Dr Barbara Klink
Chef de département
28 100 418
firstname.lastname@example.org / email@example.com
Genetic counselling aims to provide information to patients and their families about their genetic disease: its nature, mode of transmission, risk for other family members, genetic testing to establish or confirm the diagnosis. Patients receive oral and written information (medical reports and/or specific information) about the disease. These consultations cover constitutional genetic disorders (disability, intellectual disability, cystic fibrosis and the like), preconception and prenatal genetic counselling, predictive genetic counselling (diagnosis of a genetic disease before its symptoms appear) and genetic predispositions to cancers.
The genetic diagnostic laboratories command the skills and tools needed to diagnose the most common genetic diseases. The investigation methods rely on cytogenetic techniques (karyotyping, FISH, aCGH) and molecular biology. Diseases investigated therefore involve chromosomal abnormalities (trisomies, deletions, duplications and the like), monogenic diseases (cystic fibrosis, haemoglobin disorders and the like) and genetic predisposition to cancers (breast and ovarian cancer, Lynch Syndrome and the like).
This diagnostic activity also includes prenatal diagnosis. In this context, the laboratories are involved with investigations in the foetus, based on family history or sonographic signs detected during pregnancy, of serious and incurable diseases that may justify medical termination of pregnancy if there is diagnostic confirmation and in accordance with the wishes and beliefs of parents after full information about the pathology.
There are thousands of genetic diseases, some of which are very rare. To allow access to diagnosis to a maximum of patients, the department of genetics collaborates with accredited foreign laboratories and send them samples together with pertinent clinical information.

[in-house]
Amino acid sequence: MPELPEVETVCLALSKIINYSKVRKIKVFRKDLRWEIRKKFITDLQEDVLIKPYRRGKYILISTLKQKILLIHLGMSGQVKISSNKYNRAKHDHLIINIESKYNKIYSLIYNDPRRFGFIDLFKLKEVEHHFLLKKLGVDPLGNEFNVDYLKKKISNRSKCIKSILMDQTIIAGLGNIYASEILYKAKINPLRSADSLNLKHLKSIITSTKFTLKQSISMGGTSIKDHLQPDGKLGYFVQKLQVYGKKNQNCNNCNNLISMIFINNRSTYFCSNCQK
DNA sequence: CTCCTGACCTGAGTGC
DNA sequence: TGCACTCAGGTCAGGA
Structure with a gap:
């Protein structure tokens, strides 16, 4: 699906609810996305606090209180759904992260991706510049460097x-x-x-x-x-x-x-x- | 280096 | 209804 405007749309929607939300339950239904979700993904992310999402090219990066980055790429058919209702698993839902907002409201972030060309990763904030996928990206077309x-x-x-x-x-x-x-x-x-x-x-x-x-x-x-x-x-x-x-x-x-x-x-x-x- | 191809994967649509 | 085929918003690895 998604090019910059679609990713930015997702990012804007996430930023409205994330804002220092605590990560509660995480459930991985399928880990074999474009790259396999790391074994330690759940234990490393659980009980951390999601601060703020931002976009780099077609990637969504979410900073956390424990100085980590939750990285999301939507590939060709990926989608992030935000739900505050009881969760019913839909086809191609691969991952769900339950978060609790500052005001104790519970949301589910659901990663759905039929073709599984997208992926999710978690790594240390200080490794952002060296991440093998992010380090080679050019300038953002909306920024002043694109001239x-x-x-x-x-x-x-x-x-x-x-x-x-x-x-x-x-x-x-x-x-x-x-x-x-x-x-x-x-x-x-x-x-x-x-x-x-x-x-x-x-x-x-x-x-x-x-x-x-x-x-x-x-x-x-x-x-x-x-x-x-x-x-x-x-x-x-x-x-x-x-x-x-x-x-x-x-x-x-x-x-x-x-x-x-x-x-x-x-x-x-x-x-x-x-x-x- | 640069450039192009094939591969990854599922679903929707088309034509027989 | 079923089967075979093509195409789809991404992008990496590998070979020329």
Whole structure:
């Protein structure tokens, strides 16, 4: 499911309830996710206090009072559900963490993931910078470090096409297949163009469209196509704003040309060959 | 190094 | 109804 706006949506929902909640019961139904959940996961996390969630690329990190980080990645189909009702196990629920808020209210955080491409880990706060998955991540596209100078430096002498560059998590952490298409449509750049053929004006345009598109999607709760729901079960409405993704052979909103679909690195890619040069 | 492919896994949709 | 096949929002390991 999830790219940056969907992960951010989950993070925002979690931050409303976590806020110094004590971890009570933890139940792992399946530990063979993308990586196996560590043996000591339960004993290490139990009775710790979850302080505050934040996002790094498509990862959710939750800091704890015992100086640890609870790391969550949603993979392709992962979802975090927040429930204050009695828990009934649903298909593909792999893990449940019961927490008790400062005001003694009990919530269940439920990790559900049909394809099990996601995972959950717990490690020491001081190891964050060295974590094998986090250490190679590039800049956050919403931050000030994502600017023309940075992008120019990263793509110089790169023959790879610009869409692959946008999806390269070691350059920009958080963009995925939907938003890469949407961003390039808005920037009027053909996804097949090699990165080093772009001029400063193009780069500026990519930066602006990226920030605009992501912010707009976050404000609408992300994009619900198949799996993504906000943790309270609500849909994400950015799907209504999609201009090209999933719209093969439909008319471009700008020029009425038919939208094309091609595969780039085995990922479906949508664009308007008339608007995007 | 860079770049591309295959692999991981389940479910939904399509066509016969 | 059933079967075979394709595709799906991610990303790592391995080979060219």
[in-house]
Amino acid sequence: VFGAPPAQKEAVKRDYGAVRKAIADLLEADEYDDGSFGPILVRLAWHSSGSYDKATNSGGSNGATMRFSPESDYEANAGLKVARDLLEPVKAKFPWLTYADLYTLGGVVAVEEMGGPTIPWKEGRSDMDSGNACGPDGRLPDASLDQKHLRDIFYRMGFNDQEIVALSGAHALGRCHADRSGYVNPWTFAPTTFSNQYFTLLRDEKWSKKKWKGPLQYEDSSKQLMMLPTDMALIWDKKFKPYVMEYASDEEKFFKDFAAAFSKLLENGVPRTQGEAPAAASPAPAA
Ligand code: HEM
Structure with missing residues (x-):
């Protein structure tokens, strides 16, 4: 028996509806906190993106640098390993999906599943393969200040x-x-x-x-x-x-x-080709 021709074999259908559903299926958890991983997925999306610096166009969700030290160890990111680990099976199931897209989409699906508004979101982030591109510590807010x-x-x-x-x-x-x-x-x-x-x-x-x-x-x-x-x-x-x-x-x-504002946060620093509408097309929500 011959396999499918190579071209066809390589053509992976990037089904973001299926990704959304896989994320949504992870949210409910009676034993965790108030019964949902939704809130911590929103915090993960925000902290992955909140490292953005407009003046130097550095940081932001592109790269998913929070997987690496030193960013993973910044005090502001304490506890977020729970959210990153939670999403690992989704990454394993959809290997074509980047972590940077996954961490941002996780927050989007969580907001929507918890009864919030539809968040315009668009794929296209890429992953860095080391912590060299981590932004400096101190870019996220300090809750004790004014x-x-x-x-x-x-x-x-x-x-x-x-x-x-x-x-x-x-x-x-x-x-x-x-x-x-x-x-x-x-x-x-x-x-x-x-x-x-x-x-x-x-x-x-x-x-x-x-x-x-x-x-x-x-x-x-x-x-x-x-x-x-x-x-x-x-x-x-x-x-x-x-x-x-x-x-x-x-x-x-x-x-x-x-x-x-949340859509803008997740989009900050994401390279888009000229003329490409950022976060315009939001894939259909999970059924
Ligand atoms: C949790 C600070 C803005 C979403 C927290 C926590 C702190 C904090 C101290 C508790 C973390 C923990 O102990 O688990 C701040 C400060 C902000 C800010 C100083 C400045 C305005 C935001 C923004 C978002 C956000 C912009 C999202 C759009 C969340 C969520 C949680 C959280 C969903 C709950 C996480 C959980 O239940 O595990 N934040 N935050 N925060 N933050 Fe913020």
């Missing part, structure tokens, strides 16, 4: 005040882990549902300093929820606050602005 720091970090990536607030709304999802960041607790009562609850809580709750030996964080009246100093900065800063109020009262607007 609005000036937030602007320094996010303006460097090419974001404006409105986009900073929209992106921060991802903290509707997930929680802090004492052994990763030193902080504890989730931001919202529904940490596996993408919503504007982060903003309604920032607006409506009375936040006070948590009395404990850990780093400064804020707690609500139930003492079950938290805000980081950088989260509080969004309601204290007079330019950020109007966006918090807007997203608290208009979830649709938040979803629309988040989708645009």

The NCG is also responsible for the genetic analysis of cancer types. All cancers have acquired genetic abnormalities responsible for the transformation of cancer cells. The identification of these anomalies may contribute to diagnosis, define the prognosis and severity of the disease, serve as a guide for treatment and provide access to specific ‘targeted’ drugs. It can also allow monitoring of the therapeutic response and detection of a resistance mechanism.
This activity, originally developed for the diagnosis of haematologic cancers (leukaemias and lymphomas), is gradually extending to all types of cancers with the advent of new therapeutic agents and molecular tests called ‘companion’ tests’ that can predict response or resistance to these treatments. The molecular and genetic diagnostic activity of solid tumours is developed and carried out in collaboration with the National Center of Pathology.
The technical platform of molecular biology, bioinformatics and sequencing is a component of the center. This platform is committed to developing methods for genetic and molecular analysis for the diagnosis of genetic diseases and the genetic study of cancer. Toward this end, the platform has developed expertise especially in next-generation DNA sequencing methods (NGS) and bioinformatics tools for the analysis of DNA sequences. Genomic medicine is actually burgeoning: it involves the analysis of large gene panels from a patient or a tumour in order to acquire a large amount of genetic information and thus speed up the diagnostic process. Recently, the platform has implemented the first NGS analysis of genetic panels for diagnosis in oncology (colorectal tumours, lung tumours and the like) and for genetic predisposition to cancer.